Take the 2-minute tour ×
Programmers Stack Exchange is a question and answer site for professional programmers interested in conceptual questions about software development. It's 100% free, no registration required.

I'm currently writing unit tests to test behavior of a method and would like to partially mock the methods calling injected properties. For example:

public void doSomething() {
  int complicatedInt = 1 + 1;
  if(getProperty().someBooleanReturn()) {
    ... etc. ... 
  }
}

So obviously I want to mock the getProperty() method in order to expect the someBooleanReturn(). My question is, since I don't want the getter to be visible to other classes, but visible to unit tests, I've currently been making these methods package-private (default scope). Is there a standard for these types of operations?

Thanks!

share|improve this question
    
That looks reasonable... and not bad. There's a standard refactoring in eclipse for making all variable access for the object through the getters / setters. I might go protected in case you ever subclass it and people won't fuss about it being without a modifier. –  MichaelT Aug 22 '13 at 21:29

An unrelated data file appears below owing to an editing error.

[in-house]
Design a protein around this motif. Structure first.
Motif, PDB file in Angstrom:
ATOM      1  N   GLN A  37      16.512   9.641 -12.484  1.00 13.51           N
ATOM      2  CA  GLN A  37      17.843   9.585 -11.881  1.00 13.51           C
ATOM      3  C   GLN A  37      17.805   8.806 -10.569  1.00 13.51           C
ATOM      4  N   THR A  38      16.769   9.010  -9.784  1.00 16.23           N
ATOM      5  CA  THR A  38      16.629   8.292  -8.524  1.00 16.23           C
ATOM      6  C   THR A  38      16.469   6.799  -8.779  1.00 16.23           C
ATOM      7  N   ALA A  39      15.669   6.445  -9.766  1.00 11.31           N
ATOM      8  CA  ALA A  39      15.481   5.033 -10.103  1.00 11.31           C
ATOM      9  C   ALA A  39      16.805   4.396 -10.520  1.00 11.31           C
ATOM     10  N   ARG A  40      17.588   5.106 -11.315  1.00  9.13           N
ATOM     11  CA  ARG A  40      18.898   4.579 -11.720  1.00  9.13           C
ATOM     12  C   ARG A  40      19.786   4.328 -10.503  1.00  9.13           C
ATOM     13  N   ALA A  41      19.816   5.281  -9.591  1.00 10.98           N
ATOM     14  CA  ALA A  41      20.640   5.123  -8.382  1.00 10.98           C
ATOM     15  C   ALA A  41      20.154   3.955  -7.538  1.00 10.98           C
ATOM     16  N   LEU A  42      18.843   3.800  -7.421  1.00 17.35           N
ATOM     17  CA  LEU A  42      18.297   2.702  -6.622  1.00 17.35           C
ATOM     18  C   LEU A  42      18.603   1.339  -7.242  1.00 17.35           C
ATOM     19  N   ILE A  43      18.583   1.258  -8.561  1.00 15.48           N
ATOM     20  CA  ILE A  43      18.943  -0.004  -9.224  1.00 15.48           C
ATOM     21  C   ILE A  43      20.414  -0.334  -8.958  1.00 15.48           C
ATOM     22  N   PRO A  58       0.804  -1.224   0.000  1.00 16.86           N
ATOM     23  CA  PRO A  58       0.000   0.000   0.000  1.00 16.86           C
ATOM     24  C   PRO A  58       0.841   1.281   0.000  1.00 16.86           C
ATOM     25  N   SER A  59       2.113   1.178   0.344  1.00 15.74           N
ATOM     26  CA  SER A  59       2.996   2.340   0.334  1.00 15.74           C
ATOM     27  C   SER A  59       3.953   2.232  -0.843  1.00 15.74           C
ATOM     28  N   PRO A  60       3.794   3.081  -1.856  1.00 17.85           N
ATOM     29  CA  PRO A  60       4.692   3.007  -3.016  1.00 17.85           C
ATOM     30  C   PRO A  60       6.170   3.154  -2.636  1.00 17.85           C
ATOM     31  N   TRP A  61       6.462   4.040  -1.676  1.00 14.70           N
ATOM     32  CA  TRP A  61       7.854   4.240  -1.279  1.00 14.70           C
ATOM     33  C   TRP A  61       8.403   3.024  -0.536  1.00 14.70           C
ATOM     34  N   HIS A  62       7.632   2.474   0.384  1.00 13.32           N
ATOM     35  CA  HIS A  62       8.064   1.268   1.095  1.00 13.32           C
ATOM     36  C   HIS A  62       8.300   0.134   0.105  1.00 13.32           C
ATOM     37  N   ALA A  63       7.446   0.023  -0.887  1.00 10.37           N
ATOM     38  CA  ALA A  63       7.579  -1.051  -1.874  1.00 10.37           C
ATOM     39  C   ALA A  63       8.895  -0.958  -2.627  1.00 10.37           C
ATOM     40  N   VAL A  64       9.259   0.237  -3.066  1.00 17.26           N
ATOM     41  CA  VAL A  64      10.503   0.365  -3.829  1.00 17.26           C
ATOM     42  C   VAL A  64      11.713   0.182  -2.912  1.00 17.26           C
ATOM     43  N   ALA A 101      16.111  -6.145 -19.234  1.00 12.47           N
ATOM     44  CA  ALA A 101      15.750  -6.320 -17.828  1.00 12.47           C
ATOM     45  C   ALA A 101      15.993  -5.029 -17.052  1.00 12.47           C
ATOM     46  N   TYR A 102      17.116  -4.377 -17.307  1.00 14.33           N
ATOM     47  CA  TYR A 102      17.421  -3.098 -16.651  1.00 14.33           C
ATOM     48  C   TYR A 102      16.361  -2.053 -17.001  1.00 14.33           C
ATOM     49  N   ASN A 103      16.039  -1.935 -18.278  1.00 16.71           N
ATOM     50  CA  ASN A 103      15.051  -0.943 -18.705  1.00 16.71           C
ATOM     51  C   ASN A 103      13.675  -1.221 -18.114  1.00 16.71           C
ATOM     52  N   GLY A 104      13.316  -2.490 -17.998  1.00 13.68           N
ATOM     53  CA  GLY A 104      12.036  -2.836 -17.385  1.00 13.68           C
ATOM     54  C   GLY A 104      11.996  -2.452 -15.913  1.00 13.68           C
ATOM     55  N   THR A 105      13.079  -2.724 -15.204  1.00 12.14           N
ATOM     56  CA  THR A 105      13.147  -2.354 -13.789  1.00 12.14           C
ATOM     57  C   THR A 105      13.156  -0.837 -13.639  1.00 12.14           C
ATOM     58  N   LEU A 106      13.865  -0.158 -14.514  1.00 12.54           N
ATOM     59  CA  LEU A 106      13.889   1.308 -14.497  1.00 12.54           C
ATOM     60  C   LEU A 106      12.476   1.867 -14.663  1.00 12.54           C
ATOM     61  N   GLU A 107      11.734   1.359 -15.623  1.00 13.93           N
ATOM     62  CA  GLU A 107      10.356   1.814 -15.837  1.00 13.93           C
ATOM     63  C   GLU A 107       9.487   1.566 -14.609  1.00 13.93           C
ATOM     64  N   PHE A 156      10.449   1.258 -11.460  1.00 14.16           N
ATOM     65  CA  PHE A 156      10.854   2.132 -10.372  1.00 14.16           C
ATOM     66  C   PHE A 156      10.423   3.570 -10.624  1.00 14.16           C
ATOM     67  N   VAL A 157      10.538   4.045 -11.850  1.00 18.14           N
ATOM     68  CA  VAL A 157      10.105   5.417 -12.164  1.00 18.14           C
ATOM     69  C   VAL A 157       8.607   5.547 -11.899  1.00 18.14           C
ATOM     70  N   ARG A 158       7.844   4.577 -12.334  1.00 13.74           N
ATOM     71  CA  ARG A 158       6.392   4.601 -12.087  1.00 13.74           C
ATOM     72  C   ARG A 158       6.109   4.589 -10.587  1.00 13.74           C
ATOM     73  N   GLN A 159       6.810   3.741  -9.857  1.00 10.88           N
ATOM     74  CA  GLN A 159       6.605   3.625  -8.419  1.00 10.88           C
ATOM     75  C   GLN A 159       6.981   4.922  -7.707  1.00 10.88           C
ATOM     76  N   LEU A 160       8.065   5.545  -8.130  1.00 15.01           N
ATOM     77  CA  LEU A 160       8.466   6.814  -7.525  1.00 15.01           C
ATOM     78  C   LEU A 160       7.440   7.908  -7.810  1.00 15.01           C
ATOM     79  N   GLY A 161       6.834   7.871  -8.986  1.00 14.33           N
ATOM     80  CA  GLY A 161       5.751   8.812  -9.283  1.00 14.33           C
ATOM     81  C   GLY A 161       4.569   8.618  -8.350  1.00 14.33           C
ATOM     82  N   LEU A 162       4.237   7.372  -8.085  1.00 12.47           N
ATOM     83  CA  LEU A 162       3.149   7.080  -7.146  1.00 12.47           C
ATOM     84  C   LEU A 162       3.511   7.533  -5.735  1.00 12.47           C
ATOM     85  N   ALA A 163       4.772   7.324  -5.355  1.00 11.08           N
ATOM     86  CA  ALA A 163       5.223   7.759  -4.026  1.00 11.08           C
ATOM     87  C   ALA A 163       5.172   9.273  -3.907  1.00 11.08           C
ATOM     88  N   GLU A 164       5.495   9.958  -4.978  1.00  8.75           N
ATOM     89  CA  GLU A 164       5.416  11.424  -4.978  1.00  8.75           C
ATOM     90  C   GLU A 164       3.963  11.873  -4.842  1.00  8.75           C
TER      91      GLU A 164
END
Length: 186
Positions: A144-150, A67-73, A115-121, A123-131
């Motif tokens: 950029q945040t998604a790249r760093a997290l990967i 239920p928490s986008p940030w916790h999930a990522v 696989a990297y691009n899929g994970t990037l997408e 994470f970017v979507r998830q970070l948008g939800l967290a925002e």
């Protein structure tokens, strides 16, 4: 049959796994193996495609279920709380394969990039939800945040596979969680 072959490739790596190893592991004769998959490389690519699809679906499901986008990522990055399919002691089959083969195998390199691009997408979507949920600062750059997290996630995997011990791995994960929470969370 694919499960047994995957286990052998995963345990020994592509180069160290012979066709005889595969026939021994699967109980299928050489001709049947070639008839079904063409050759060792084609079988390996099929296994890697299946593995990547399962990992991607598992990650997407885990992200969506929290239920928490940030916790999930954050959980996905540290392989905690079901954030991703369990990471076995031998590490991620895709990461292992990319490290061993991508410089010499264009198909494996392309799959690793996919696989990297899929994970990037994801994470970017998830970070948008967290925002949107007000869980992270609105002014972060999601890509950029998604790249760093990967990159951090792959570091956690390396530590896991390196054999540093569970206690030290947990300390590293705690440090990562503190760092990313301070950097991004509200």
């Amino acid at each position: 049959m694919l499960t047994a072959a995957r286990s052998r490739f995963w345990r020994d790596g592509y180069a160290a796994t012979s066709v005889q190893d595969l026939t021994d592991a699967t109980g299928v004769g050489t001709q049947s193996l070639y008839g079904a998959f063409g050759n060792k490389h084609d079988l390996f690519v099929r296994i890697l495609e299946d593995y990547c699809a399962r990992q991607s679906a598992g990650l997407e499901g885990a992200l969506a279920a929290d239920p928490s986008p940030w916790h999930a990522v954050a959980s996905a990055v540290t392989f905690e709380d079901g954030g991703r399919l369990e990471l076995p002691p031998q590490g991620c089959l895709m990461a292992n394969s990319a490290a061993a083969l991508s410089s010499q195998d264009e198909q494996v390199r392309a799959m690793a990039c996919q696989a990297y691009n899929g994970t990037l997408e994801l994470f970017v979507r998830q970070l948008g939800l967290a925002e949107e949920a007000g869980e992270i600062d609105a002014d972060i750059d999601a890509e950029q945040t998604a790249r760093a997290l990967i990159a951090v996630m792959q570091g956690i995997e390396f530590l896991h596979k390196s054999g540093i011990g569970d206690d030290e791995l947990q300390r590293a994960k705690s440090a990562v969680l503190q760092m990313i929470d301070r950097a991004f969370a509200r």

Thinking there's reasons for both protected and default, just depending on how you're using the class! Thanks for the comment, rep Wisconsin! =) –  dardo Aug 22 '13 at 21:38
    
Consider also asking codereview.SE about this with actual (rather than faked) code. For example Review of the testing code that I have written using easymock/junit –  MichaelT Aug 22 '13 at 21:41
    
Noted! Thanks for the heads up. –  dardo Aug 22 '13 at 21:52
add comment

1 Answer

up vote 1 down vote accepted

Having a class and a test class in the same package (possibly in different jars), combined with default visibility, is a standard way to get access to a class internals.

share|improve this answer
    
Thanks, will continue what I'm doing then! –  dardo Aug 22 '13 at 21:37
add comment

Your Answer

 
discard

By posting your answer, you agree to the privacy policy and terms of service.

Not the answer you're looking for? Browse other questions tagged or ask your own question.